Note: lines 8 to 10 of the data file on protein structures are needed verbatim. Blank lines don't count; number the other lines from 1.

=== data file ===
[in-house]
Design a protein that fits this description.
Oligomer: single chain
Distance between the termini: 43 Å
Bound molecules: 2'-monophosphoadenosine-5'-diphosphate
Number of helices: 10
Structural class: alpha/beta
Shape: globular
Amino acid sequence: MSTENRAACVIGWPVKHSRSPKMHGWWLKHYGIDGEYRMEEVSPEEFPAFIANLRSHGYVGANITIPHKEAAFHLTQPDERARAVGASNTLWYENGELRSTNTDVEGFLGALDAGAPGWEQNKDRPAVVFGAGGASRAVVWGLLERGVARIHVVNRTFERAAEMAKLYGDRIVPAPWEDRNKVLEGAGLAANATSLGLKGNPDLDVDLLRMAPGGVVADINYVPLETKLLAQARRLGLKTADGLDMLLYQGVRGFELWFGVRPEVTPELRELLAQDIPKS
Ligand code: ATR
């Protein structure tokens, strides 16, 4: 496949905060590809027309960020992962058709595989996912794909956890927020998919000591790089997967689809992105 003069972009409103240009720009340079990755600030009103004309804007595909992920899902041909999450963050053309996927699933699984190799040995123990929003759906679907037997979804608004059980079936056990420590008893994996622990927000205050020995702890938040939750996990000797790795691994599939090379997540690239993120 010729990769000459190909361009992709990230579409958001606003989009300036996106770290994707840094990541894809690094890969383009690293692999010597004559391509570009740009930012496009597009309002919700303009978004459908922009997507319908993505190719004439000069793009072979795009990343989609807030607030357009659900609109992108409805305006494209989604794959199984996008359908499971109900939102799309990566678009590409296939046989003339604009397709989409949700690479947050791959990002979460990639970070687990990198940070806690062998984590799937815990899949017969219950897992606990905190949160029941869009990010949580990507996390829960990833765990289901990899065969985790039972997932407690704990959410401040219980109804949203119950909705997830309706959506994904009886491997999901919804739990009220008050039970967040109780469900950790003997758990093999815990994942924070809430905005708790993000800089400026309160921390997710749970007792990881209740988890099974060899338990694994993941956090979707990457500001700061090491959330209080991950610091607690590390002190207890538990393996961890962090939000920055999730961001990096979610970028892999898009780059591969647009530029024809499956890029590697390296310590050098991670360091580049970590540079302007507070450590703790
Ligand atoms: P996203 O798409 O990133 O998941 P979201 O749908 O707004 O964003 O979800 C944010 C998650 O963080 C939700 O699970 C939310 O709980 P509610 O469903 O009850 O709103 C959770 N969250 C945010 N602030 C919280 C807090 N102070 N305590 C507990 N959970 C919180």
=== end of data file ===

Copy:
Shape: globular
Amino acid sequence: MSTENRAACVIGWPVKHSRSPKMHGWWLKHYGIDGEYRMEEVSPEEFPAFIANLRSHGYVGANITIPHKEAAFHLTQPDERARAVGASNTLWYENGELRSTNTDVEGFLGALDAGAPGWEQNKDRPAVVFGAGGASRAVVWGLLERGVARIHVVNRTFERAAEMAKLYGDRIVPAPWEDRNKVLEGAGLAANATSLGLKGNPDLDVDLLRMAPGGVVADINYVPLETKLLAQARRLGLKTADGLDMLLYQGVRGFELWFGVRPEVTPELRELLAQDIPKS
Ligand code: ATR